Now, by applying detailed computational methods and powerful algorithms, scientists can provide new evidence on the size and history of ancient populations.

Ajay Royyuru, senior manager at IBM’s Computational Biology Center, had this to say about the effort: “Over the past six years, we’ve had the opportunity to gather and analyze genetic data around the world at a scale and level of detail that has never been done before.

“When we started, our goal was to bring science expeditions into the modern era to further a deeper understanding of human roots and diversity. With evidence that the genetic diversity in southern India is closer to Africa than that of Europe, this suggests that other fields of research such as archaeology and anthropology should look for additional evidence on the migration route of early humans to further explore this theory.”

Filling In The Genographic Gaps

The Genographic Project continues to fill in the gaps of our knowledge of the history of humankind and unlock information from our genetic roots that not only impacts our personal stories, but can reveal new dimensions of civilizations, cultures and societies over the past tens of thousands of years.

“The application of new analytical methods, such as this study of recombinational diversity, highlights the strength of the Genographic Project’s approach.  Having assembled a tremendous resource in the form of our global sample collection and standardized database, we can begin to apply new methods of genetic analysis to provide greater insights into the migratory history of our species,” said Genographic Project Director Spencer Wells.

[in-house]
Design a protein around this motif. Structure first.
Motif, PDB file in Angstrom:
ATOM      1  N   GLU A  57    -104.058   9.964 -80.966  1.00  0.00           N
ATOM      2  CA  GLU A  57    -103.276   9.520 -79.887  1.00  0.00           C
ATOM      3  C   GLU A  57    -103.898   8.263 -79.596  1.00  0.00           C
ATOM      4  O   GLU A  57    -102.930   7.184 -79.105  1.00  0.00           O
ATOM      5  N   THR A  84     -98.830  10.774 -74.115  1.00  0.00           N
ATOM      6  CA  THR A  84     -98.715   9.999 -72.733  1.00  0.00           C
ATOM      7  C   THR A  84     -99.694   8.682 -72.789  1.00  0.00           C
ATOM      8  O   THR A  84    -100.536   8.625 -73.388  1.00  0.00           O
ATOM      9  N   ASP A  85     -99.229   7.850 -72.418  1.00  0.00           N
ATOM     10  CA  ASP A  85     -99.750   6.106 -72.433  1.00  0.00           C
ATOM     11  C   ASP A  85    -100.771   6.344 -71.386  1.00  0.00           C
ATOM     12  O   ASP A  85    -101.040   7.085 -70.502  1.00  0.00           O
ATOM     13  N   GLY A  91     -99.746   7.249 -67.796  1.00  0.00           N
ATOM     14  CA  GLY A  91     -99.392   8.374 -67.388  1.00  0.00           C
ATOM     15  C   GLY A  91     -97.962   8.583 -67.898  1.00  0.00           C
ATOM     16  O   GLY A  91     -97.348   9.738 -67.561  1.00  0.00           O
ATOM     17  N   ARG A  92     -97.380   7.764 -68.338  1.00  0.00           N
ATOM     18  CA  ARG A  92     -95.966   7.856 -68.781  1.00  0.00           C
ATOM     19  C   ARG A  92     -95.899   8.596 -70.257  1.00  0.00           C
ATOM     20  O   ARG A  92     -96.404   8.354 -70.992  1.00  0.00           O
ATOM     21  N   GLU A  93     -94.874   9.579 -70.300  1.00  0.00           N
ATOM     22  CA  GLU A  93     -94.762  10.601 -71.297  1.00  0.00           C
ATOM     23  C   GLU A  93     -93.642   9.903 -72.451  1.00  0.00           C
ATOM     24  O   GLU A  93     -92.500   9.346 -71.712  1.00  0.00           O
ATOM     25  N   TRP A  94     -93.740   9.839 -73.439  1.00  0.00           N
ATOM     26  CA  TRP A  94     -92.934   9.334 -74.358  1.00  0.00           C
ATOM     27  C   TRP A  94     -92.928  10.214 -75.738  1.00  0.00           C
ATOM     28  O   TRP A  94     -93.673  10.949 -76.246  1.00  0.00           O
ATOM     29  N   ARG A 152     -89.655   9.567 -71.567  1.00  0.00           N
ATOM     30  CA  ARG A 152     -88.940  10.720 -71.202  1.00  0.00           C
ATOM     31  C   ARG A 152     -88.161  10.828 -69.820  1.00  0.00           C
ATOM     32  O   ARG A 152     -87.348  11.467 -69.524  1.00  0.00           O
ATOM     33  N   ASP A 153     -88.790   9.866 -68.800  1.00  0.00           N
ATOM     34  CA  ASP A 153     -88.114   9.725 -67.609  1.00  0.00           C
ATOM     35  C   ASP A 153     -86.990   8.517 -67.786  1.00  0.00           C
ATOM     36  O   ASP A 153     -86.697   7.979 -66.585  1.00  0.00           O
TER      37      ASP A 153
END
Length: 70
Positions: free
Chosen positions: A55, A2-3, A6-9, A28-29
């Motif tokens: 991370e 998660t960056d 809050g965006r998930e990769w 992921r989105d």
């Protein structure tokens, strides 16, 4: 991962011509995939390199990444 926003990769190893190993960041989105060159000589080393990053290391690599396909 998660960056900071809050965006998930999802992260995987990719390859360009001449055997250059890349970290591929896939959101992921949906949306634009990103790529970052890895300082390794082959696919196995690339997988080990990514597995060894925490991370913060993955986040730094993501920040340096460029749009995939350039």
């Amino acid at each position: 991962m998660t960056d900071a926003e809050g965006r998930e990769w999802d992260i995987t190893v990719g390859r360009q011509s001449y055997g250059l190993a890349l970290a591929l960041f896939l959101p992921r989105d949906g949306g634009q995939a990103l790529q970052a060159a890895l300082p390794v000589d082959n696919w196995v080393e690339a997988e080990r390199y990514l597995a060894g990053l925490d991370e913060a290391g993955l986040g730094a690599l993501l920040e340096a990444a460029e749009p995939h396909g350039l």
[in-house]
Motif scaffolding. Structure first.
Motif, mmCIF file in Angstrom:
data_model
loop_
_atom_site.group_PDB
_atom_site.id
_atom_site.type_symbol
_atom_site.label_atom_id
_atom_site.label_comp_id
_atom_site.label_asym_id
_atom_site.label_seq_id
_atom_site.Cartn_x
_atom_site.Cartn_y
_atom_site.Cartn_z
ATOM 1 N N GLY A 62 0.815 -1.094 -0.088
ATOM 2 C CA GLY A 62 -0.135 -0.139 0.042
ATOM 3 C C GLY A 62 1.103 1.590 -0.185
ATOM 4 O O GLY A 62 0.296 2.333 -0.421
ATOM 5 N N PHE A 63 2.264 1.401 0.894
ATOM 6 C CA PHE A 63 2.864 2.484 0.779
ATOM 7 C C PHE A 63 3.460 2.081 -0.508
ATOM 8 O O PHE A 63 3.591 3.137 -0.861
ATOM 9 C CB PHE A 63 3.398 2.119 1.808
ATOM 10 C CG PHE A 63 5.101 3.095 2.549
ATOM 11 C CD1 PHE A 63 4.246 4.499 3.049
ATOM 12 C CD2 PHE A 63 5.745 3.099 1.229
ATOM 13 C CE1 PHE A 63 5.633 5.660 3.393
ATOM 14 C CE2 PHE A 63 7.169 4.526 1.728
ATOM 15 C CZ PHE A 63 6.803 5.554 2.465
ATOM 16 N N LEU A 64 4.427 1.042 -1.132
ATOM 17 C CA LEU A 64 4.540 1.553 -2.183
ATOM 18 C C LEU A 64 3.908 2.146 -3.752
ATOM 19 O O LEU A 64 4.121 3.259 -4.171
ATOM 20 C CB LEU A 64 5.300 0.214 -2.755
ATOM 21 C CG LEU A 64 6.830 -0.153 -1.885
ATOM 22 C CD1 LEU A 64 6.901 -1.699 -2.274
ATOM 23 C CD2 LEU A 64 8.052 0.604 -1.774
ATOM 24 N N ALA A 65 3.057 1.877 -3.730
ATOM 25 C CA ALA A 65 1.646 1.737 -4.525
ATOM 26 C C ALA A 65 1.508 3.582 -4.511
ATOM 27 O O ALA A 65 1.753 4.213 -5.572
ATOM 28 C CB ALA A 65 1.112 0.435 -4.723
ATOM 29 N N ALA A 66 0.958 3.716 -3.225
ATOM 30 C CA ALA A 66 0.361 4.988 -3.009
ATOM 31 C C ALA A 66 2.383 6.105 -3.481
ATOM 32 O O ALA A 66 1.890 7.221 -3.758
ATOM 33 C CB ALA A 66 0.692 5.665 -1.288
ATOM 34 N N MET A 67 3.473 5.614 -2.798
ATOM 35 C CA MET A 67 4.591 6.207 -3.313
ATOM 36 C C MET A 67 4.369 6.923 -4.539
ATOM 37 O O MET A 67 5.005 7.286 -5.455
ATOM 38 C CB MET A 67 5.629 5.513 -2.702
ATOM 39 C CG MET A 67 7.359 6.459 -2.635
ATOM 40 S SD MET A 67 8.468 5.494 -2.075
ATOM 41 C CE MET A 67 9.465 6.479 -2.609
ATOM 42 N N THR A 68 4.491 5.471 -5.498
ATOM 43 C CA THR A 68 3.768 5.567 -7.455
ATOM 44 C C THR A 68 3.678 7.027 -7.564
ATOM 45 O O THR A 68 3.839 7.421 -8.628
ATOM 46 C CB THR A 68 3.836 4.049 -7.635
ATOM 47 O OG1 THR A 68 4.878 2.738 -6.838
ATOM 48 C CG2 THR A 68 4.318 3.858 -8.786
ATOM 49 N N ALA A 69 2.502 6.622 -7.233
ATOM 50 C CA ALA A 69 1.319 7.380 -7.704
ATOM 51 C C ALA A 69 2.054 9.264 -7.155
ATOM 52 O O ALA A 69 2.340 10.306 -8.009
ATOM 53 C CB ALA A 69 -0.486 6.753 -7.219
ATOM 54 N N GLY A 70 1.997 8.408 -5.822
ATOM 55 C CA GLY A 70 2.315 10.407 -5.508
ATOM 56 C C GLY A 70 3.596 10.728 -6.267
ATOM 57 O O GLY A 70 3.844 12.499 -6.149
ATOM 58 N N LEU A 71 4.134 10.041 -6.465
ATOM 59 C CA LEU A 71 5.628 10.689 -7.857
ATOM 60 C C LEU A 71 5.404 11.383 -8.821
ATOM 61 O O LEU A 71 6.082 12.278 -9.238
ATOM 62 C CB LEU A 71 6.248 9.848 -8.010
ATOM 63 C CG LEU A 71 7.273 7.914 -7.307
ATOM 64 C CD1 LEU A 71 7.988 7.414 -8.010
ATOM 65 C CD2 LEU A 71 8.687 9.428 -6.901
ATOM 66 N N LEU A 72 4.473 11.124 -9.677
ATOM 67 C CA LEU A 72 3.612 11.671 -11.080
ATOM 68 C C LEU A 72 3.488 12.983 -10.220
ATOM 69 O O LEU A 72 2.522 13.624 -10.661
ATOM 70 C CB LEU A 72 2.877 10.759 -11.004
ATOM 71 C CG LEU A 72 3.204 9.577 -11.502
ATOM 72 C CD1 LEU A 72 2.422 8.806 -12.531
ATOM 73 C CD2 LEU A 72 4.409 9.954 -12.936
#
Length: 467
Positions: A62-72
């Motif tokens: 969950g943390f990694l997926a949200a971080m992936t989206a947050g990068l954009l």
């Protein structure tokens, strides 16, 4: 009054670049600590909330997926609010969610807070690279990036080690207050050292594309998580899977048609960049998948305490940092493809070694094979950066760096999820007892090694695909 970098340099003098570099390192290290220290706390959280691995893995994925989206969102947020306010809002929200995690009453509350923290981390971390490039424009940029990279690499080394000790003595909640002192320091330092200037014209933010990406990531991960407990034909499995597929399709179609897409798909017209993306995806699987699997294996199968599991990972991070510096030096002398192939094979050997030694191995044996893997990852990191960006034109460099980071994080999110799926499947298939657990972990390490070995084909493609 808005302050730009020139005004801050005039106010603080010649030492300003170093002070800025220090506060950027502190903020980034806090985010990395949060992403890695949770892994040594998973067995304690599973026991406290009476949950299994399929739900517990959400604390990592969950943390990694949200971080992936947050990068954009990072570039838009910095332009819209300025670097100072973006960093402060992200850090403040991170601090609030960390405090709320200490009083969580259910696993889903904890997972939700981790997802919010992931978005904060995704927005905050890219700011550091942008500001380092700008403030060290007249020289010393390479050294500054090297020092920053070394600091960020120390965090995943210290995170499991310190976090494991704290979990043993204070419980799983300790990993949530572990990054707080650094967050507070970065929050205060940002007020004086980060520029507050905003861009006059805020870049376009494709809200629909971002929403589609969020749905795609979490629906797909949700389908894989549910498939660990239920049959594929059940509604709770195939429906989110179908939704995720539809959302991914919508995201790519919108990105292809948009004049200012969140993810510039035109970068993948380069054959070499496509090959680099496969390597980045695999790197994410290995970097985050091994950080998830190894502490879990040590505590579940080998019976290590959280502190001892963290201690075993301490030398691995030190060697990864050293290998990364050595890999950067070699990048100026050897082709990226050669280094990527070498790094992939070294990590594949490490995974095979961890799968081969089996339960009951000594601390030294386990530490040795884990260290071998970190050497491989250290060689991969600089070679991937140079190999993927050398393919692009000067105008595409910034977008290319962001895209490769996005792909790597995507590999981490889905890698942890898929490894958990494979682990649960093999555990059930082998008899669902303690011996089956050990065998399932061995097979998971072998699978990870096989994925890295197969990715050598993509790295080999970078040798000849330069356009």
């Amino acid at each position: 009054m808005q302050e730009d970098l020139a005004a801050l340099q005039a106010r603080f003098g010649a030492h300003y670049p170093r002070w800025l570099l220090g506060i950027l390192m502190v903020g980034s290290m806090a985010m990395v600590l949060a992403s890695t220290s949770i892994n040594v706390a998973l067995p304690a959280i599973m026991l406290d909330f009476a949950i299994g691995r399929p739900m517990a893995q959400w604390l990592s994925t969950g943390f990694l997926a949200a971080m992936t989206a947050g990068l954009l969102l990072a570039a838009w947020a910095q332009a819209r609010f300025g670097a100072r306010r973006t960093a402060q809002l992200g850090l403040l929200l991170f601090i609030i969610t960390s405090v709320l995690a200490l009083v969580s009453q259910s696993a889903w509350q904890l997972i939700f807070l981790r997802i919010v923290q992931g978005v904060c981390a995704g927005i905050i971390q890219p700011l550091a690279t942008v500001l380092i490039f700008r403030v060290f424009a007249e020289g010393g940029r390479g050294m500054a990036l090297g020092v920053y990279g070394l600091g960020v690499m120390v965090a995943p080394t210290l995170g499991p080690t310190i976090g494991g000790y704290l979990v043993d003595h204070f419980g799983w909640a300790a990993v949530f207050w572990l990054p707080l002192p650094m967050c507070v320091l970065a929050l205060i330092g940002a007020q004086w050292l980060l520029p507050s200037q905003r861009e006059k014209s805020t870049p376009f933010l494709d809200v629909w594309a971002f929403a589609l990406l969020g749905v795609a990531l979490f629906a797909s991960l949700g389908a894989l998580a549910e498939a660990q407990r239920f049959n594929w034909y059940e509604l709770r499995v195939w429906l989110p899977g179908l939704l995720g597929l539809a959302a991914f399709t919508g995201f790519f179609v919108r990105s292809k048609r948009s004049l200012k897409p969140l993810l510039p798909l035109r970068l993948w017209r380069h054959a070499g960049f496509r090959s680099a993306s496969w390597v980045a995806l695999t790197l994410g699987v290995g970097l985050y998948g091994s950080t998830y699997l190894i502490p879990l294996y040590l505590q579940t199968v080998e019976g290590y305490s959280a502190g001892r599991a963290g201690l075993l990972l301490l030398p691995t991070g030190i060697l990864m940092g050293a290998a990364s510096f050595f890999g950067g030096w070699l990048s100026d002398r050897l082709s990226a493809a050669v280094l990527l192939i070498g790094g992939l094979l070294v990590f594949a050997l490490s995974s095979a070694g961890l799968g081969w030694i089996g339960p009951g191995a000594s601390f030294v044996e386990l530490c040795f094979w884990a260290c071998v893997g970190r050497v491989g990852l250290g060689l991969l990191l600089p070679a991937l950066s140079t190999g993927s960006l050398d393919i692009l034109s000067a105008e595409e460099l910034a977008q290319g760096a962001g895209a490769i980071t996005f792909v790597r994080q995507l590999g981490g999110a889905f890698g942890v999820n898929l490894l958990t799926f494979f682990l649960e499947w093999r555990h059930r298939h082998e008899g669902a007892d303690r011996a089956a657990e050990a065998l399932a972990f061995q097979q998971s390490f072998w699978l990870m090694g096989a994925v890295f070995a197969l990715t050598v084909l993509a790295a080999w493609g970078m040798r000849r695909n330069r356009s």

The recombination study highlights the initial six-year effort by the Genographic Project to create the most comprehensive survey of human genetic variation using DNA contributed by indigenous peoples and members of the general public, in order to map how the Earth was populated.

Nearly 500,000 individuals have participated in the Project with field research conducted by 11 regional centers to advance the science and understanding of migratory genealogy. This database is one of the largest collections of human population genetic information ever assembled and serves as an unprecedented resource for geneticists, historians and anthropologists.

At the core of the project is a global consortium of 11 regional scientific teams following an ethical and scientific framework and who are responsible for sample collection and analysis in their respective regions.

The Project is open to members of the public to participate through purchasing a public participation kit from the Genographic Web site (www.nationalgeographic.com/genographic), where they can also choose to donate their genetic results to the expanding database. Sales of the kits help fund research and support a Legacy Fund for indigenous and traditional peoples’ community-led language revitalization and cultural projects.

Banking On Genetics

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It’s Friday.

What’s going on in the world?

The question this Friday is, what’s not??

We’re still anxiously awaiting whether the U.S. government is going to come an agreement and raise the debt ceiling.

“Carmageddon” is going to shut down the 405 freeway in Los Angeles for 53 hours this weekend.

News Corporation continues to announce a doozy a day, with today’s big one being the resignation of  News Intl. Corp. executive Rebekah Brooks.

Casey Anthony is expected to be released from prison this weekend in Florida.